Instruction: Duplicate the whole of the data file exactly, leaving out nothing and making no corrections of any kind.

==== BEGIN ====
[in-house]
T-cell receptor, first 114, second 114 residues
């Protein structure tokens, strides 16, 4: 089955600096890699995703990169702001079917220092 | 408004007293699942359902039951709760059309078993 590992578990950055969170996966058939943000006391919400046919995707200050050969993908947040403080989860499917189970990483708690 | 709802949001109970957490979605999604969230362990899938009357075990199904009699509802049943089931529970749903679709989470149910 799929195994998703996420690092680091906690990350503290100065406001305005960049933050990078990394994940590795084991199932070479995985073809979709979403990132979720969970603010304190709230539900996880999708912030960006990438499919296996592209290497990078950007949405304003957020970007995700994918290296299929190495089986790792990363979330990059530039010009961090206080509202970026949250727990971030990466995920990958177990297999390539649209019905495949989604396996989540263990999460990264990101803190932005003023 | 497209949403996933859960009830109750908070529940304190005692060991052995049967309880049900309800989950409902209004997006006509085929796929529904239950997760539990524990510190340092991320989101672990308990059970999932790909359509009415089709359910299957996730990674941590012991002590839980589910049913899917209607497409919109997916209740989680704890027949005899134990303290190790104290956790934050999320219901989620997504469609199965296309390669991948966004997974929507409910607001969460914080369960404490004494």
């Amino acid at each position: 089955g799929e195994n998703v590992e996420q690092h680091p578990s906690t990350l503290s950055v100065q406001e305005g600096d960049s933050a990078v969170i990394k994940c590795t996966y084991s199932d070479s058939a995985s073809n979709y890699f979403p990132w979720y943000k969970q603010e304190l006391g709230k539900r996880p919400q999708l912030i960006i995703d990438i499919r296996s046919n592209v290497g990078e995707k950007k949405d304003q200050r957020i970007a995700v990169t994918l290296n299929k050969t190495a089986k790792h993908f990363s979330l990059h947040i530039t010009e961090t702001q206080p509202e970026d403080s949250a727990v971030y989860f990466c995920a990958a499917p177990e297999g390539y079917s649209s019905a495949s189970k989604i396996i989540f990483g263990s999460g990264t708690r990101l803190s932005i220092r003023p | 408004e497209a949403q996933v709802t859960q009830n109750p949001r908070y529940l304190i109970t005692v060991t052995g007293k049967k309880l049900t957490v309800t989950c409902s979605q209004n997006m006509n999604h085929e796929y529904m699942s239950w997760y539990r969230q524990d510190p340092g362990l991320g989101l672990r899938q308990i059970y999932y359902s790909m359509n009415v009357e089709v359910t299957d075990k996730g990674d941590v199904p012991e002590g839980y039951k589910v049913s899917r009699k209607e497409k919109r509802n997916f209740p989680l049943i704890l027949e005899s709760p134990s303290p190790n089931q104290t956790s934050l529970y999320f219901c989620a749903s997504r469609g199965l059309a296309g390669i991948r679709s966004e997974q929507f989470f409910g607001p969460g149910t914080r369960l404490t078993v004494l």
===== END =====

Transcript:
[in-house]
T-cell receptor, first 114, second 114 residues
């Protein structure tokens, strides 16, 4: 089955600096890699995703990169702001079917220092 | 408004007293699942359902039951709760059309078993 590992578990950055969170996966058939943000006391919400046919995707200050050969993908947040403080989860499917189970990483708690 | 709802949001109970957490979605999604969230362990899938009357075990199904009699509802049943089931529970749903679709989470149910 799929195994998703996420690092680091906690990350503290100065406001305005960049933050990078990394994940590795084991199932070479995985073809979709979403990132979720969970603010304190709230539900996880999708912030960006990438499919296996592209290497990078950007949405304003957020970007995700994918290296299929190495089986790792990363979330990059530039010009961090206080509202970026949250727990971030990466995920990958177990297999390539649209019905495949989604396996989540263990999460990264990101803190932005003023 | 497209949403996933859960009830109750908070529940304190005692060991052995049967309880049900309800989950409902209004997006006509085929796929529904239950997760539990524990510190340092991320989101672990308990059970999932790909359509009415089709359910299957996730990674941590012991002590839980589910049913899917209607497409919109997916209740989680704890027949005899134990303290190790104290956790934050999320219901989620997504469609199965296309390669991948966004997974929507409910607001969460914080369960404490004494």
């Amino acid at each position: 089955g799929e195994n998703v590992e996420q690092h680091p578990s906690t990350l503290s950055v100065q406001e305005g600096d960049s933050a990078v969170i990394k994940c590795t996966y084991s199932d070479s058939a995985s073809n979709y890699f979403p990132w979720y943000k969970q603010e304190l006391g709230k539900r996880p919400q999708l912030i960006i995703d990438i499919r296996s046919n592209v290497g990078e995707k950007k949405d304003q200050r957020i970007a995700v990169t994918l290296n299929k050969t190495a089986k790792h993908f990363s979330l990059h947040i530039t010009e961090t702001q206080p509202e970026d403080s949250a727990v971030y989860f990466c995920a990958a499917p177990e297999g390539y079917s649209s019905a495949s189970k989604i396996i989540f990483g263990s999460g990264t708690r990101l803190s932005i220092r003023p | 408004e497209a949403q996933v709802t859960q009830n109750p949001r908070y529940l304190i109970t005692v060991t052995g007293k049967k309880l049900t957490v309800t989950c409902s979605q209004n997006m006509n999604h085929e796929y529904m699942s239950w997760y539990r969230q524990d510190p340092g362990l991320g989101l672990r899938q308990i059970y999932y359902s790909m359509n009415v009357e089709v359910t299957d075990k996730g990674d941590v199904p012991e002590g839980y039951k589910v049913s899917r009699k209607e497409k919109r509802n997916f209740p989680l049943i704890l027949e005899s709760p134990s303290p190790n089931q104290t956790s934050l529970y999320f219901c989620a749903s997504r469609g199965l059309a296309g390669i991948r679709s966004e997974q929507f989470f409910g607001p969460g149910t914080r369960l404490t078993v004494l």